Peru claims Greenpeace damaged ancient Nazca Lines

By Katia Hetter, CNNUpdated 12th December 2014
The future may be renewable, but evidence of ancient civilizations isn't always reparable.
"Time for Change; The Future is Renewable" was the message of Greenpeace activists protesting at the ancient Nazca Lines UNESCO World Heritage Site in the Peruvian desert on Monday.
The activists placed yellow letters next to a famous hummingbird design, and now Peruvian authorities are threatening to sue Greenpeace and criminally charge the activists with "attacking archaeological monuments," according to The Associated Press.
The demonstration was timed to coincide with United Nations' Lima Climate Change Conference ending Friday.
"It's a true slap in the face at everything Peruvians consider sacred," Deputy Culture Minister Luis Jaime Castillo told The Associated Press of the activists' decision to enter a "strictly prohibited" area next to a famous hummingbird design.
"You walk there, and the footprint is going to last hundreds or thousands of years," Castillo told the AP. "And the line that they have destroyed is the most visible and most recognized of all."
Located about 400 kilometers south of Lima and covering about 450 square kilometers, the Lines and Geoglyphs of Nasca and Pampas de Jumana World Heritage Site has geoglyphs and lines dating from 500 B.C. through A.D. 500.
Artwork that is made from placing or moving stones, earth or other objects, geoglyphs in the area fall into two general categories, according to the site's UNESCO listing. One type is representational, featuring animals, plant life and other extraordinary figures. The other consists of the lines, mostly straight lines crossing the region's pampas in different directions. Some are long -- several kilometers -- and form shapes. The designs are believed to have had ritual astronomical functions.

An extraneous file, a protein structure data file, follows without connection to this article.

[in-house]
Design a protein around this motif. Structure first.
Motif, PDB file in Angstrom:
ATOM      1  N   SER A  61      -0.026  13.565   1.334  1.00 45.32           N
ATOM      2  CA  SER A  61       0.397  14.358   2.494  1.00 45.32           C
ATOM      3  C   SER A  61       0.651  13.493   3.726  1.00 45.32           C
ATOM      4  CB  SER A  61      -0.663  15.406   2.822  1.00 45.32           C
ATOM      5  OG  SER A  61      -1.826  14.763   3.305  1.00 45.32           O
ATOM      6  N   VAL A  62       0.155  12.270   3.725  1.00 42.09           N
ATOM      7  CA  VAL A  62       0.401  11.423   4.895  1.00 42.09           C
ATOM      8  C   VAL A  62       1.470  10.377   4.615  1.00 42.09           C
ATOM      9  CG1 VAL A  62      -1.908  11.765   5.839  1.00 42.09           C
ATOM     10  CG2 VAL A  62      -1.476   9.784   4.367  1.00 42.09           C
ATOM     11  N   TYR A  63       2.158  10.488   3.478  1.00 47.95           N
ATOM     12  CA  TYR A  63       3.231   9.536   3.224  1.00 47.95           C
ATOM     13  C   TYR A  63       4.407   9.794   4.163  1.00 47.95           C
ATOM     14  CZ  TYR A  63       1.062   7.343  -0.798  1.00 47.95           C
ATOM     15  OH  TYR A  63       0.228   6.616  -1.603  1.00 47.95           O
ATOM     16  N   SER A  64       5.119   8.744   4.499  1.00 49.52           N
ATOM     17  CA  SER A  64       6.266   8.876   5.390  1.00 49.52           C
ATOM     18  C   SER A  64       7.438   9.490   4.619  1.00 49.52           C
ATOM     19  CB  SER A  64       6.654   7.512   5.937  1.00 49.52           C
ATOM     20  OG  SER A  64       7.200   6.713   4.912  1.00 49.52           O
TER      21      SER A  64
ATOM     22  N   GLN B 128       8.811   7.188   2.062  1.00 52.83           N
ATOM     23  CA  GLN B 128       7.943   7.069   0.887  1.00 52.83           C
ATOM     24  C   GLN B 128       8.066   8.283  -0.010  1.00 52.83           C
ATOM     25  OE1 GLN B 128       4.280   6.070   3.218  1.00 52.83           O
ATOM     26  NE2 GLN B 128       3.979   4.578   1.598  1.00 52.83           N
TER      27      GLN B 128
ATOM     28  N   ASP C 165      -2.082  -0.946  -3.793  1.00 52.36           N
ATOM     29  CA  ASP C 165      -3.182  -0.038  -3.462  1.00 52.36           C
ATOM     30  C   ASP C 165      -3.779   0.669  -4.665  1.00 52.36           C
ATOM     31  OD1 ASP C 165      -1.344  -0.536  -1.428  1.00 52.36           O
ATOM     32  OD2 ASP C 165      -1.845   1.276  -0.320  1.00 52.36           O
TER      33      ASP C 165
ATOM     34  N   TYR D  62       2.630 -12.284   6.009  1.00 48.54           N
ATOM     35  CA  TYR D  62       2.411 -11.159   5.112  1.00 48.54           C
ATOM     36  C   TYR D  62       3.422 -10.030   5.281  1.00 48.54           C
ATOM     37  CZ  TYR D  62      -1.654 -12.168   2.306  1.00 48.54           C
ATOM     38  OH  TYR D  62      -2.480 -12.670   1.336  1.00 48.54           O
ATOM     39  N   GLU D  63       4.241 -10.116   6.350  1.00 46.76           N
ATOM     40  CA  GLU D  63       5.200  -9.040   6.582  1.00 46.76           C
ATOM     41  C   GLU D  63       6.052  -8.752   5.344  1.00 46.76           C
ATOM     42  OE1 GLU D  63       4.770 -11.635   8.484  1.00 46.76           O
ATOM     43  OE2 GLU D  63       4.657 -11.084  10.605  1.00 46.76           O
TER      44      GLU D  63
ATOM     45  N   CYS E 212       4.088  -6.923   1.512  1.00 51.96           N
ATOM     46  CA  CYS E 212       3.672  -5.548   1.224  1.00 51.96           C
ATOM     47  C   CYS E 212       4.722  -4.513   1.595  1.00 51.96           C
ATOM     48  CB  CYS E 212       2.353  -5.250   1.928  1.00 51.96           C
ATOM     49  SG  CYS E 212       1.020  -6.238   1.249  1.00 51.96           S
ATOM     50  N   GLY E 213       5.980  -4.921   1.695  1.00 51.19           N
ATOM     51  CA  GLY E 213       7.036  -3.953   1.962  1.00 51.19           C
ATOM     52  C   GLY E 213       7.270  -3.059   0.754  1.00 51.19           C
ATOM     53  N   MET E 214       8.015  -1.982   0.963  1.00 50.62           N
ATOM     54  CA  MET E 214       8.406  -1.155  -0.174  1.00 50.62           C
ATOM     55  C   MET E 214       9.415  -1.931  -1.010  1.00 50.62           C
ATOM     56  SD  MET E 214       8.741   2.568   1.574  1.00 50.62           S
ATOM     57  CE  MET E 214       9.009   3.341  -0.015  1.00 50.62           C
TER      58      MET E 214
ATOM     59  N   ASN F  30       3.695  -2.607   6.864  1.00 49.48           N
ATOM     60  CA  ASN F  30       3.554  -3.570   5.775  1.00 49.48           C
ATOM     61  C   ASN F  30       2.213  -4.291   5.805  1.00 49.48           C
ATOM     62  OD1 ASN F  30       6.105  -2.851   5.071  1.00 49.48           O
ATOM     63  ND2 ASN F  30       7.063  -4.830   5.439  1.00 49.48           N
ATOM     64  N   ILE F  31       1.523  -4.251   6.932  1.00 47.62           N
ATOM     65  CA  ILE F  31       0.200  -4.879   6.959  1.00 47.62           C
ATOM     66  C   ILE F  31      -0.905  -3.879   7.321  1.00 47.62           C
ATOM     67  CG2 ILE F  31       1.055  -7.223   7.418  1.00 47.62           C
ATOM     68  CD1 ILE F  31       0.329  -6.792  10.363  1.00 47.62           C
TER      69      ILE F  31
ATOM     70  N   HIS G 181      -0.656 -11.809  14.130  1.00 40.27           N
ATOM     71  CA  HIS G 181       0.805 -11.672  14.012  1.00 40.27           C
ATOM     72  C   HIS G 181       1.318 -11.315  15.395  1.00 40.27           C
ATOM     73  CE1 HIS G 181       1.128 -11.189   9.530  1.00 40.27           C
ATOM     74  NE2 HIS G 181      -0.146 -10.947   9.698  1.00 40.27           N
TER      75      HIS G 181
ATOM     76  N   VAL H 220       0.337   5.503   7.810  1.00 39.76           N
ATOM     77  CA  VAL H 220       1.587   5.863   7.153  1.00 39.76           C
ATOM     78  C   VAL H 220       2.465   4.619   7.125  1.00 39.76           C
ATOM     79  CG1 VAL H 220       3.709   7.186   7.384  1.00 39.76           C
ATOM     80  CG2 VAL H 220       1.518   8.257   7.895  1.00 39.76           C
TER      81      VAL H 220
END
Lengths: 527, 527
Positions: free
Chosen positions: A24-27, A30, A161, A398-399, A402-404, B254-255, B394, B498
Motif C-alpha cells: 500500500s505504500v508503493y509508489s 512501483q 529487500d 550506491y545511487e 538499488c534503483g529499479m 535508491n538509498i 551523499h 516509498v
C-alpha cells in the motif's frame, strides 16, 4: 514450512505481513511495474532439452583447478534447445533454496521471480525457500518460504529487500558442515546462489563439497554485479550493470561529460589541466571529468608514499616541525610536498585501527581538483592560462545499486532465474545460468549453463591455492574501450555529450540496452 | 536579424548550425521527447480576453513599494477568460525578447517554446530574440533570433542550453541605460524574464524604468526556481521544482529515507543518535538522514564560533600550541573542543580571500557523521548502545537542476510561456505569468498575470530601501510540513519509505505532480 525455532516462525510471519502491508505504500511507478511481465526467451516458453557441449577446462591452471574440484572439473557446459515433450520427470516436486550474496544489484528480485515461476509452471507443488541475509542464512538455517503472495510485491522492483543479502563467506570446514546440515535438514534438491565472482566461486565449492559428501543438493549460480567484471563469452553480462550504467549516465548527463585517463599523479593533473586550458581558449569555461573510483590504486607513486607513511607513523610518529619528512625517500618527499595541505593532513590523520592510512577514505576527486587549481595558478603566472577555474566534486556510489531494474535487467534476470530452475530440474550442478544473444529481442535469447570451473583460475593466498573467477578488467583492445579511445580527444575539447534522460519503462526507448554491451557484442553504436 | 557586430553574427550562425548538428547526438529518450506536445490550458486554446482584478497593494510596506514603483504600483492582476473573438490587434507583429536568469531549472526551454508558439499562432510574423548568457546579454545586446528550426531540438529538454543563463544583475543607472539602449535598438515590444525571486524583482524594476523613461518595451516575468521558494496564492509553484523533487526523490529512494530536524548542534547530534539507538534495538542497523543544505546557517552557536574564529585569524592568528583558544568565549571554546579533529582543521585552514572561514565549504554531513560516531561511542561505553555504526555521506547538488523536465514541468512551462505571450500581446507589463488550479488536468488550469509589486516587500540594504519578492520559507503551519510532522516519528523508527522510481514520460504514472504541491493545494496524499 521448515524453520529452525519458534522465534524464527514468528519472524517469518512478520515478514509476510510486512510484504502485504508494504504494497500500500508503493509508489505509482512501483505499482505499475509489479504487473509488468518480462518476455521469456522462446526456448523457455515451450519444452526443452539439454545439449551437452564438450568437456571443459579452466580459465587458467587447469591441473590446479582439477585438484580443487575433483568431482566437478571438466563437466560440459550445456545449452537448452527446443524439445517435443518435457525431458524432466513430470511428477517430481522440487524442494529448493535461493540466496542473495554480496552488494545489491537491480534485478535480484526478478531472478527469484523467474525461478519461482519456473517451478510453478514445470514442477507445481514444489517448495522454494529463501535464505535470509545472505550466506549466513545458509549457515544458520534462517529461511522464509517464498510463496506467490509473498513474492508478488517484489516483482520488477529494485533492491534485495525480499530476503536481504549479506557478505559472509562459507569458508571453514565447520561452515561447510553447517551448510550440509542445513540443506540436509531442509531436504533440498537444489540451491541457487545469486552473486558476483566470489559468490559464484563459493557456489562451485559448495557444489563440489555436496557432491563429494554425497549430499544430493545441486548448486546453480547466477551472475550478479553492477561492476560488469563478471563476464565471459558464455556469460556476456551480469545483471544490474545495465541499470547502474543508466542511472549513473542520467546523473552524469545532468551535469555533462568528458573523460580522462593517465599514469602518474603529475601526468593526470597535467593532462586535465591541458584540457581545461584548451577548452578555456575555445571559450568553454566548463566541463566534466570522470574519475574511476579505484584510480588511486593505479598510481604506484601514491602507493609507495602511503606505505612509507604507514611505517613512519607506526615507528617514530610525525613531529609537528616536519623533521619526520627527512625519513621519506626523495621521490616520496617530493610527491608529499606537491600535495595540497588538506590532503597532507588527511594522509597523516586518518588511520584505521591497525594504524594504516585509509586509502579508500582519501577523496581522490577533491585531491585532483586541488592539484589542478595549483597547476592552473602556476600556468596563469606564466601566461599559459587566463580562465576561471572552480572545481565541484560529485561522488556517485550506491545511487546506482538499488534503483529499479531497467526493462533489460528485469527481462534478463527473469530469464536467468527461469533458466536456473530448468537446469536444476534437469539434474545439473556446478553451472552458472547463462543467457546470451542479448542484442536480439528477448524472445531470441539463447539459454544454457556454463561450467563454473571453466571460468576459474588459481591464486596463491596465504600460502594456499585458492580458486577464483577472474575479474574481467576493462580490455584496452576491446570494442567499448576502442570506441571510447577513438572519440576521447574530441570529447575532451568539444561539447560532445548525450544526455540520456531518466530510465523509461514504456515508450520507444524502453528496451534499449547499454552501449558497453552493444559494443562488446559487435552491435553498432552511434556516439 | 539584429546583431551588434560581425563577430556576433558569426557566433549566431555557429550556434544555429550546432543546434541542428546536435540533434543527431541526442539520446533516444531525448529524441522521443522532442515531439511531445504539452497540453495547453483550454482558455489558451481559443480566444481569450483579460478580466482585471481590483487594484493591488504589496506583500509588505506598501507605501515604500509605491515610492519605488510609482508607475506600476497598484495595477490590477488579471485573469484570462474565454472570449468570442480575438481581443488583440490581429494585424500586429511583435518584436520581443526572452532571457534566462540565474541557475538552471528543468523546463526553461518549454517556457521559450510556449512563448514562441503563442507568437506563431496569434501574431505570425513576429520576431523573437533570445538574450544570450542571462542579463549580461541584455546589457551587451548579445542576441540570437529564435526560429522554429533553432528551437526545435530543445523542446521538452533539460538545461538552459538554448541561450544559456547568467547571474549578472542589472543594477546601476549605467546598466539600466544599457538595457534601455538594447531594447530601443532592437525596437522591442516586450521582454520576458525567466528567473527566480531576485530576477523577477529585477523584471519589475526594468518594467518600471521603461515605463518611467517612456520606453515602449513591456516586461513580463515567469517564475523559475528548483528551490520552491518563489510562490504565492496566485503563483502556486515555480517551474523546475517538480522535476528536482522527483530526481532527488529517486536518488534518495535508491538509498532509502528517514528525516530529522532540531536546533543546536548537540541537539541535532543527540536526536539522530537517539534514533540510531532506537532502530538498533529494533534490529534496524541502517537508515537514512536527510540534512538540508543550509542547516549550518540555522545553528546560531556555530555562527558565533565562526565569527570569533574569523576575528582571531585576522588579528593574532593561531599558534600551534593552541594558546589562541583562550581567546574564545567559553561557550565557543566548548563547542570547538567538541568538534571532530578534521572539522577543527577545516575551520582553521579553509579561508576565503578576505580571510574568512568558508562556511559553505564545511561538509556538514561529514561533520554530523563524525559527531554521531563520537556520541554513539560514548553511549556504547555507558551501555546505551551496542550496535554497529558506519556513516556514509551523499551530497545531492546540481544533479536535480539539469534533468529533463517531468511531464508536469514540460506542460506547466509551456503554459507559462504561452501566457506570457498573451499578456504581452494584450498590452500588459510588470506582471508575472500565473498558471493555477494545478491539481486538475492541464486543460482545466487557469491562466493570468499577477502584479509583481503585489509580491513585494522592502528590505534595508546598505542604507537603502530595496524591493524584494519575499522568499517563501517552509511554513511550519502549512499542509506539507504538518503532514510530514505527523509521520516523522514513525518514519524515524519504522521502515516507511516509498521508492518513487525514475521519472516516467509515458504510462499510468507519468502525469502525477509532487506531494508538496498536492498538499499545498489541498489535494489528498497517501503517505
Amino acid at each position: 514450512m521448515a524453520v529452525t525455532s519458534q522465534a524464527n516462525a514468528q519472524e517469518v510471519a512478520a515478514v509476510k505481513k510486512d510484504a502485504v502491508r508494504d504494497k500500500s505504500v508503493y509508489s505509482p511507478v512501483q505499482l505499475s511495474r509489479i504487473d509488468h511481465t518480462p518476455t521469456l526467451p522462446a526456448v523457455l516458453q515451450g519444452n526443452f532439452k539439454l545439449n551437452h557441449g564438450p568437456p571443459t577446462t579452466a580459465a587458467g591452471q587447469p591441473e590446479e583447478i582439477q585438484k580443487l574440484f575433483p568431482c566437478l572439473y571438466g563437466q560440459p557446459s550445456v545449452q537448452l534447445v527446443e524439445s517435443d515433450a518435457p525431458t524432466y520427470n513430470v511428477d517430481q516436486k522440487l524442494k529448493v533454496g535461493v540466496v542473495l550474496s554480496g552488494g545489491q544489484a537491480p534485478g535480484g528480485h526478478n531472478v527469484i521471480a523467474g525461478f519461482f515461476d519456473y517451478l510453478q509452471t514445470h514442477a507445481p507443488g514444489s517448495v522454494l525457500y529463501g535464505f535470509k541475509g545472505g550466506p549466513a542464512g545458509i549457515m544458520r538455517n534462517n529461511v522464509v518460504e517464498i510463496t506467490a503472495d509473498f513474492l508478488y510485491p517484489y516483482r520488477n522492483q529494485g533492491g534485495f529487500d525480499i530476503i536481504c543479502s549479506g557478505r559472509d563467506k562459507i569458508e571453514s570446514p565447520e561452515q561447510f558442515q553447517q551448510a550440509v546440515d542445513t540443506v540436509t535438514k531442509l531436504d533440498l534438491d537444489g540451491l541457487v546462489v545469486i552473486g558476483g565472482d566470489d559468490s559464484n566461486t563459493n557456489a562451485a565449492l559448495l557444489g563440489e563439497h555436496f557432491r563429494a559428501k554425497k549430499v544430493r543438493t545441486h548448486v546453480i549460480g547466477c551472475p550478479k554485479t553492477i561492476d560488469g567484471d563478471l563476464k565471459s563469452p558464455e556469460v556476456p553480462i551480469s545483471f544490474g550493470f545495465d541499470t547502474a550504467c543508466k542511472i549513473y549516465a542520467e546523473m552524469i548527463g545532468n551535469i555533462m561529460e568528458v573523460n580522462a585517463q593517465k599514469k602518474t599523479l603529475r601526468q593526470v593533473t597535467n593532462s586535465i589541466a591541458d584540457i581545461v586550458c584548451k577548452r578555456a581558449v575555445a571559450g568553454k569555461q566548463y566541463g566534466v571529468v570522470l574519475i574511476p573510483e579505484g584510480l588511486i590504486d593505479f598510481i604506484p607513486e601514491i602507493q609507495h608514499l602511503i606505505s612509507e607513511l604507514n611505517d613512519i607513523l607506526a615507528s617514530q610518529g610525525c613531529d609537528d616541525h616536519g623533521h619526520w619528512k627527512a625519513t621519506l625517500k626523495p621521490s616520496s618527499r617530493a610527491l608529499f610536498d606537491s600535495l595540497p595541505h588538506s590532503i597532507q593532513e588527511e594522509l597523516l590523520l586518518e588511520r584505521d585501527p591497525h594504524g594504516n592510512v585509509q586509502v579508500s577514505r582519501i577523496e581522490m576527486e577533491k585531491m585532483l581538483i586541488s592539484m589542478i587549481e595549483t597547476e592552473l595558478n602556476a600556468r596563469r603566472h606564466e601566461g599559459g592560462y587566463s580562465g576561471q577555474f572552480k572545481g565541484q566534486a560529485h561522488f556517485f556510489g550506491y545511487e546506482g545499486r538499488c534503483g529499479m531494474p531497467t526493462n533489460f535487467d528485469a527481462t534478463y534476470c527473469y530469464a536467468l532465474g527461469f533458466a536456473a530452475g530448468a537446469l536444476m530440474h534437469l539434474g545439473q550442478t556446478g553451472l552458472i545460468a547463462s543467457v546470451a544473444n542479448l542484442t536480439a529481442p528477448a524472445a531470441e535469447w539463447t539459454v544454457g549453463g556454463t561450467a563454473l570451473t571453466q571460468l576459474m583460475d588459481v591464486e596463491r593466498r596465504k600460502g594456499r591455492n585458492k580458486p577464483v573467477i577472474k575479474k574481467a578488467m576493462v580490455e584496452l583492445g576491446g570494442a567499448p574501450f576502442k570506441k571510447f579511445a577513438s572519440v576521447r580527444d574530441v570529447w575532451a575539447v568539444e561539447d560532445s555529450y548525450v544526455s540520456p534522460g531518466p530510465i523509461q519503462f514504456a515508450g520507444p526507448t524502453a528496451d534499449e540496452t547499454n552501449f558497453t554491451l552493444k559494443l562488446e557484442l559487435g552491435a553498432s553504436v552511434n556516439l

Greenpeace has apologized for the action. "Without reservation Greenpeace apologises to the people of Peru for the offence caused by our recent activity laying a message of hope at the site of the historic Nazca Lines," the organization said in a statement. "We are deeply sorry for this.
"Rather than relay an urgent message of hope and possibility to the leaders gathering at the Lima UN climate talks, we came across as careless and crass."
Greenspace says it has met with the government to apologize and will cooperate with any investigation and face "reasonable and fair consequences."
The group says its international executive director, Kumi Naidoo, is in Lima this week to personally apologize and to participate in discussions with the Peruvian authorities.
Peru's World Heritage Sites have had a difficult year. Tourists had also been stripping around the ancient grounds at Machu Picchu just for fun. Incidents of "naked tourism" at the 15th-century Inca citadel were on the rise this year, but tourists trying to visit sans clothing are being detained.